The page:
Vintage Olympic Posters, Sporting Stereotypes and unlikely heros…

Jesse OwensImage

On the left, the incredible Jesse Owens: If I were looking for someone who personified the concept of ‘sportsmanship’ I think I would have to look no further than Jesse Owens. In unbelievably difficult situations he not only performed well, but also managed a degree of grace and dignity that would be hard to imagine in our day…

On the right: A rare poster, in Russian, touting the 1960 summer Olympics in Rome. The photos on the bottom of this poster (left and right) prominently feature African American athletes interacting with athletes from the Soviet Union. A great period piece…

With the official start date of the Olympics just around the corner, and the requisite preening by all countries in anticipation of improved medal counts, we thought it was a great time to (selectively and entirely subjectively) look at some great Olympic posters, heros and moments. (I’ve decided not to focus on the absurdity of holding this truly global event in an area of the world that isn’t entirely stable, either politically or socially, but if you want to read more about that, you can go here. Cue music….


We love this poster from the 1972 Winter Games – very clean, very refined, and totally in keeping with the Japanese aesthetic and spirit …

I’m young at heart but old enough to vividly remember Eddie the Eagle. Who’s that you ask? Well, the Wikipedia entry, will give you the background, but nothing beats listening to an interview with Eddie himself. Not a fabulous sportsman, he had such a big heart that he endeared himself to one and all with his sheer determination to make it down the hill. Just look at this.


Yes, I know these are summer Olympic posters but I think they’re fab nonetheless, and they let me segue nicely to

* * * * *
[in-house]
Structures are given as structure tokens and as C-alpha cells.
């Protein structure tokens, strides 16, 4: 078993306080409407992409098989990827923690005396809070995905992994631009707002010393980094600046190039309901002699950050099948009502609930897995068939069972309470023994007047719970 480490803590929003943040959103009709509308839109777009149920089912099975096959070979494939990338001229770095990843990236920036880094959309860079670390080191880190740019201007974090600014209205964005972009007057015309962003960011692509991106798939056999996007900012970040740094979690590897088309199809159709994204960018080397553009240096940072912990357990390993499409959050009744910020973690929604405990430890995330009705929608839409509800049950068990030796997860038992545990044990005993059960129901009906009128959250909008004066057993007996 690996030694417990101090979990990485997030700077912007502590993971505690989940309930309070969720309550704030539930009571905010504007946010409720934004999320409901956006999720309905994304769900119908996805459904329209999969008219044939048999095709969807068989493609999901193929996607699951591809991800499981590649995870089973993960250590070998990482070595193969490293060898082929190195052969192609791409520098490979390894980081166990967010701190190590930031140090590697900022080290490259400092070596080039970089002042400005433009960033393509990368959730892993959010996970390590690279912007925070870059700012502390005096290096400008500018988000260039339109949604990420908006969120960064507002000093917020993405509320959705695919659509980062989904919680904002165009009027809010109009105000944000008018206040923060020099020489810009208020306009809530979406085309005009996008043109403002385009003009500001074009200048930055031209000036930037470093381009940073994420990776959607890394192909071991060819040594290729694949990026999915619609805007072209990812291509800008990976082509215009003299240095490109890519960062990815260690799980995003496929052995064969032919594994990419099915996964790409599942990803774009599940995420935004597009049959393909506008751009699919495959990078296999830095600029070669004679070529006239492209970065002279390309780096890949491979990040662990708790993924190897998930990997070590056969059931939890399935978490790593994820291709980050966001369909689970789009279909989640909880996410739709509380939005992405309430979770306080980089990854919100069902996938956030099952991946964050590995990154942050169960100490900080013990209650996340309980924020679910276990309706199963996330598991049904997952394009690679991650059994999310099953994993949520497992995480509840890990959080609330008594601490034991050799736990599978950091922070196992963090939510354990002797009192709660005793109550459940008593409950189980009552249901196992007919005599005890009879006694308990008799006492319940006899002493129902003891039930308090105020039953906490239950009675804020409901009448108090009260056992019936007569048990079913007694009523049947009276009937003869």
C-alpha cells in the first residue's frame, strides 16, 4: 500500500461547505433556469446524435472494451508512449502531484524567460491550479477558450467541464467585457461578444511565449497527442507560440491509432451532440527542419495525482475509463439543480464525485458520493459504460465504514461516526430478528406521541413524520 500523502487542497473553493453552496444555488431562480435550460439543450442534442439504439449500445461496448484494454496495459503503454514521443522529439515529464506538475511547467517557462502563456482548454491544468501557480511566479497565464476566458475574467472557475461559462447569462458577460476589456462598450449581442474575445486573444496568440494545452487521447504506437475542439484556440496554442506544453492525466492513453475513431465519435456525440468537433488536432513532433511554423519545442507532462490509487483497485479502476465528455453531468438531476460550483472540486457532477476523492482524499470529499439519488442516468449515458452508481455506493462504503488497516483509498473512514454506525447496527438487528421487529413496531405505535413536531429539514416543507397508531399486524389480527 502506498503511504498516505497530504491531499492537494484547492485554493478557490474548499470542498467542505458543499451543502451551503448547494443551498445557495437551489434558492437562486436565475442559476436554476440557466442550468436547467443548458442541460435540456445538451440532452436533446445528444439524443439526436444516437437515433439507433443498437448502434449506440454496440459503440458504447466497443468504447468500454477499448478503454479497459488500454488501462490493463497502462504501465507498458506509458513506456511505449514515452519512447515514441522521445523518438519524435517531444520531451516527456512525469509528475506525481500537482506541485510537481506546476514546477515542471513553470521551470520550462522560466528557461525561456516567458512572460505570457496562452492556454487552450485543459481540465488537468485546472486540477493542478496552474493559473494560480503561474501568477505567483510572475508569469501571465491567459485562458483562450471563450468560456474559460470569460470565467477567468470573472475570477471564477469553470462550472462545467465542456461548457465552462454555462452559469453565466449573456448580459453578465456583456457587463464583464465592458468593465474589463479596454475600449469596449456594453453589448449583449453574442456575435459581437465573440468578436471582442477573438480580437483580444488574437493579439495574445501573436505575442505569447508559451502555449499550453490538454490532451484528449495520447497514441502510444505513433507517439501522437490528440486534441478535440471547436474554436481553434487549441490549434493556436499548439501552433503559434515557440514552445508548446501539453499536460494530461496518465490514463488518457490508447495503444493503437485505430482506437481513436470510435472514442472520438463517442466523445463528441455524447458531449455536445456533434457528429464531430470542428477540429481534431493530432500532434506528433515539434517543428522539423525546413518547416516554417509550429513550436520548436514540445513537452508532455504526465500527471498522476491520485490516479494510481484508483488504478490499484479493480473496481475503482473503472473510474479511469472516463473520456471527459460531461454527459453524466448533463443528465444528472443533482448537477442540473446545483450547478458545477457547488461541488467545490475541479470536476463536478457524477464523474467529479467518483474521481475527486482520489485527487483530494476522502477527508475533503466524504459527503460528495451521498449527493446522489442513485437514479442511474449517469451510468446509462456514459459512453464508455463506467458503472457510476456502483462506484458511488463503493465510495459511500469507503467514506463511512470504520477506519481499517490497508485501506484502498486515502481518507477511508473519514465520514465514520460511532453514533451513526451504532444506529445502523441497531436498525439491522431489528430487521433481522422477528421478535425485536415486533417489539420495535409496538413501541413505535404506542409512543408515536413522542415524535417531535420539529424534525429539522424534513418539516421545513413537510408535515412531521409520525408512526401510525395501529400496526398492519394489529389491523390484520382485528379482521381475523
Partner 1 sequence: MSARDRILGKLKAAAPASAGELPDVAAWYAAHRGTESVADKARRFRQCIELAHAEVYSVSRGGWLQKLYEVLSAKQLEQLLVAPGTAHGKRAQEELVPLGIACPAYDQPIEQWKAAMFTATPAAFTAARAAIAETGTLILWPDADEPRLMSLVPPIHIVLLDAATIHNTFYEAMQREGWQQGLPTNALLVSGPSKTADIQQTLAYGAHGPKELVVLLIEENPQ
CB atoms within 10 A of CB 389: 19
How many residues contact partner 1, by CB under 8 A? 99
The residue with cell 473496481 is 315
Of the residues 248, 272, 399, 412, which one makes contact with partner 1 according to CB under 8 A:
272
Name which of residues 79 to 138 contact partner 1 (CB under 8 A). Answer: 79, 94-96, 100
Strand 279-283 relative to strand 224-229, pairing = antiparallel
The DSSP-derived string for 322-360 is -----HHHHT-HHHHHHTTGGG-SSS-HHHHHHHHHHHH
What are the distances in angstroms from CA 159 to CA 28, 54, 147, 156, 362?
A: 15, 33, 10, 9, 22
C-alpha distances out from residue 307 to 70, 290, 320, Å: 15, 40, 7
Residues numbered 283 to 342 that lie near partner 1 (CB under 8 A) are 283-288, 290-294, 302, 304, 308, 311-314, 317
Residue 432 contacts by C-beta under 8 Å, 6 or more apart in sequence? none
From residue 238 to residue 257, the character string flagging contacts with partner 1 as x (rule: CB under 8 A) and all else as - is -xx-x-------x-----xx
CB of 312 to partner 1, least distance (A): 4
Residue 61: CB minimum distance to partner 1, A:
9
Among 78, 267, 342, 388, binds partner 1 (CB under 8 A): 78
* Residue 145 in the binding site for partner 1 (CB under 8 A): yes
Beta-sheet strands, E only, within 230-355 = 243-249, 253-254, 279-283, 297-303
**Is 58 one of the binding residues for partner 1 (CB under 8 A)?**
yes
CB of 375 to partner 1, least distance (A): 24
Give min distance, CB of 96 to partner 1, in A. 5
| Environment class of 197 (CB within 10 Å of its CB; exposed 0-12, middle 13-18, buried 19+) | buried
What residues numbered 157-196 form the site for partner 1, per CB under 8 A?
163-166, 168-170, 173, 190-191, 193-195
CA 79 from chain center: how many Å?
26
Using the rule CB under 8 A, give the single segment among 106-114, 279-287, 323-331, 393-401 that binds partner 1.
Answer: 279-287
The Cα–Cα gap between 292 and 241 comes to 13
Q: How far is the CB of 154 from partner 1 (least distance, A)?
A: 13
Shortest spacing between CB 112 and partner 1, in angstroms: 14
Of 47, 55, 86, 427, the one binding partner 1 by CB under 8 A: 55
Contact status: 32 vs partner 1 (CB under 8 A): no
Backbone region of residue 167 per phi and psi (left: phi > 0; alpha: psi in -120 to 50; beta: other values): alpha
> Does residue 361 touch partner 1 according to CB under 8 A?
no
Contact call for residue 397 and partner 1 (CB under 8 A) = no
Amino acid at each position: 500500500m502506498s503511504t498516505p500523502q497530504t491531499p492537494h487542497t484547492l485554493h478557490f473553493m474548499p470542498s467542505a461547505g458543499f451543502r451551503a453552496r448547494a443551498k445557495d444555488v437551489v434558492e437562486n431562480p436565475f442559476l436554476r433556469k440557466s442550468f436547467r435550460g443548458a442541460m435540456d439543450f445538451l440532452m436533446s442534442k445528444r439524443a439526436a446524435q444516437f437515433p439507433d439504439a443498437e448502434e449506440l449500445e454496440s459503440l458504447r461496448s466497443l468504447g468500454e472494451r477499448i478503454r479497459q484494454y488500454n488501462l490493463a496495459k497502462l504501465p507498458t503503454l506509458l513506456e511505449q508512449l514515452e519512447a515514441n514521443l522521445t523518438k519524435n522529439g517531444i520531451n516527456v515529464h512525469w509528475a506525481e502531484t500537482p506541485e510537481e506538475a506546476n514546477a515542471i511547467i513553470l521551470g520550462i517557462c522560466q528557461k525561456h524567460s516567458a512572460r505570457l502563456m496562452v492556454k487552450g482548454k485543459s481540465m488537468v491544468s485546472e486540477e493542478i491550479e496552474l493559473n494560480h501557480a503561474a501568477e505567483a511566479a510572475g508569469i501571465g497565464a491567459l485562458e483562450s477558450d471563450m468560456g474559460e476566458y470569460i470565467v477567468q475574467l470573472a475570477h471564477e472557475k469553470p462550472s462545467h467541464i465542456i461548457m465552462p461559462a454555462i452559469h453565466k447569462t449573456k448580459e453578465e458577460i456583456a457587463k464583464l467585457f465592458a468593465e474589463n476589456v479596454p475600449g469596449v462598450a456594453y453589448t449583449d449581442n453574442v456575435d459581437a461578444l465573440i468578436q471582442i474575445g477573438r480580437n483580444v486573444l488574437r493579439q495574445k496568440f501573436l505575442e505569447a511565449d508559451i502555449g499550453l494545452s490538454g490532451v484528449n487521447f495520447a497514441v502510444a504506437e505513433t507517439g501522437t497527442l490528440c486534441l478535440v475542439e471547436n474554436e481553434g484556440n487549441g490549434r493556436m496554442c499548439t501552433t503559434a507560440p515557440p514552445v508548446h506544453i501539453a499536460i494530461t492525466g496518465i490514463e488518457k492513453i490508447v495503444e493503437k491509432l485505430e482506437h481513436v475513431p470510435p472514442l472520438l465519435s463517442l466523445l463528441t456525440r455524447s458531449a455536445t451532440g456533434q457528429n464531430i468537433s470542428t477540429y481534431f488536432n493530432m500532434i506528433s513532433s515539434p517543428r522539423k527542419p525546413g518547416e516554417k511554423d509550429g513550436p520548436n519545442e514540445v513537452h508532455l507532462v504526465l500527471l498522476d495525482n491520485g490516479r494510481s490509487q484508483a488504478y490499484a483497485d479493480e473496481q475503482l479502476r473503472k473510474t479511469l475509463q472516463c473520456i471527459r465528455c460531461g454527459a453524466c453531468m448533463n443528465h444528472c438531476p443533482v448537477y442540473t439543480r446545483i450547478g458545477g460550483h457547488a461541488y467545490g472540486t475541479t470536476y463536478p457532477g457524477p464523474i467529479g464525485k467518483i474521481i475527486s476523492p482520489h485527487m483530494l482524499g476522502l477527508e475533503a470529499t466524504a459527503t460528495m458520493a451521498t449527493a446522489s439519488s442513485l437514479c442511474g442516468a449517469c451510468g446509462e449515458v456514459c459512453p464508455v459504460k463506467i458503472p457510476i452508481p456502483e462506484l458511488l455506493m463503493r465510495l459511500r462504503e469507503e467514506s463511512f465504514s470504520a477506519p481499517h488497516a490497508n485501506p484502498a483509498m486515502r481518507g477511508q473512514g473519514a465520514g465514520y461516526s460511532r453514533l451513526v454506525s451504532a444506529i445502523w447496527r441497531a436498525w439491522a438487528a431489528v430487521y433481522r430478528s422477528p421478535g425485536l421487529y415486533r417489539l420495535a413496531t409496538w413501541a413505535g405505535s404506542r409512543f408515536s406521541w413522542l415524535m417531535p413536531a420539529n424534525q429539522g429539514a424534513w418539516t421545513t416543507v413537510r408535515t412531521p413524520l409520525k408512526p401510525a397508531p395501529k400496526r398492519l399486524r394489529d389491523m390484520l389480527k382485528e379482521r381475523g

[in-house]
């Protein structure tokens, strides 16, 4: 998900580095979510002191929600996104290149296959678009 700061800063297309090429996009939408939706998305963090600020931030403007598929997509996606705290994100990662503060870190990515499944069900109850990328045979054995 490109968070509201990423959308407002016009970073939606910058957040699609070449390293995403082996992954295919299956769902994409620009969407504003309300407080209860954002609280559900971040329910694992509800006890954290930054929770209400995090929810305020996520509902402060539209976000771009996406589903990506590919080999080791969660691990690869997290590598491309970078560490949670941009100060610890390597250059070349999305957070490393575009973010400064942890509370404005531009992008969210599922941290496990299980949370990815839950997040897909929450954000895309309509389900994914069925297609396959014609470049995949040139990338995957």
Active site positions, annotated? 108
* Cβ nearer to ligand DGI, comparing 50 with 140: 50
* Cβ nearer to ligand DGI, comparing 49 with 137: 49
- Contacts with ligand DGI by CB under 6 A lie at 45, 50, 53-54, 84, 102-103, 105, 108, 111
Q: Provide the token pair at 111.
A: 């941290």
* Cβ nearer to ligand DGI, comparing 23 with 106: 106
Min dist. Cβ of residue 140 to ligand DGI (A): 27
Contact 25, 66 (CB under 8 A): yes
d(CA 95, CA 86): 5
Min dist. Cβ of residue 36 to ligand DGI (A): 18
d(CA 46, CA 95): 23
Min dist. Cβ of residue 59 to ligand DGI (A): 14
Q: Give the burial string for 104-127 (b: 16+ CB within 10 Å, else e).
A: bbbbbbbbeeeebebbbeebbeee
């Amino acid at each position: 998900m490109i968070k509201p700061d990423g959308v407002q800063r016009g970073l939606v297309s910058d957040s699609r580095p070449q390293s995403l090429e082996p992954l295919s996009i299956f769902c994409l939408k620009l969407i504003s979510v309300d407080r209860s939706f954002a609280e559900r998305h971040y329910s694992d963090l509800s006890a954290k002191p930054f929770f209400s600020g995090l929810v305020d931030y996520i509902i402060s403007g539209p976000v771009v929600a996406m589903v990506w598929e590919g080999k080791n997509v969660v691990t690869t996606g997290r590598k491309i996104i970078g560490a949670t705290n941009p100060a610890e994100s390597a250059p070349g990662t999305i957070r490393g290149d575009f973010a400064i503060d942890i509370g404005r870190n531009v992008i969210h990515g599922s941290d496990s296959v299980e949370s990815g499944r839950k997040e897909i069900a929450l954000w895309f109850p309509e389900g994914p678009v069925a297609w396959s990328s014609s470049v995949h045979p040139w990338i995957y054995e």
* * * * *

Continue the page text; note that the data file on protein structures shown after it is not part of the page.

Tanned men in small bathing suits who swim fast: Whether you believe Michael Phelps was the greatest swimmer ever (and you wouldn’t be alone), or whether you feel that Mark Spitz holds that spot, either way you have to admit that both men brought honor and glory to both themselves and their home countries. For a very long  time Spitz was known as the moustachioed man who won more gold medals than anyone else (11), until Michael Phelps took that honor, with a current total of 22. Now that’s a lot of gold!


There will no doubt be endless compilations of the best ever Olympic moments (like this one)  in the days and weeks to come, and the hype and hoopla will only be outdone by the vast amounts of money spent and vodka poured in Sochi. But for me, the smaller stories like those of the Eddie the Eagle or the Jamaican Bobsled team, are the stories that warm my heart the most. To me, they represent pure desire, sheer determination, and unwavering drive to be present, to work hard, and to make themselves and those around them proud. I’ll be looking for stories like those when I tune in, and I’m sure I won’t be disappointed. Canadians, of course, will be working hard for goals and golds, on the ice, on the slopes, and … in the curling rink. Now there’s a sport I really don’t understand, but if you want to learn more about it, in anticipation of watching men frantically sweeping ice so clear the path for a giant stone, look here. I’m told it’s harder than it looks, and I believe it, but if given the choice between watching curling or watching Michael Phelps, I gotta say, I wouldn’t hesitate for a moment…


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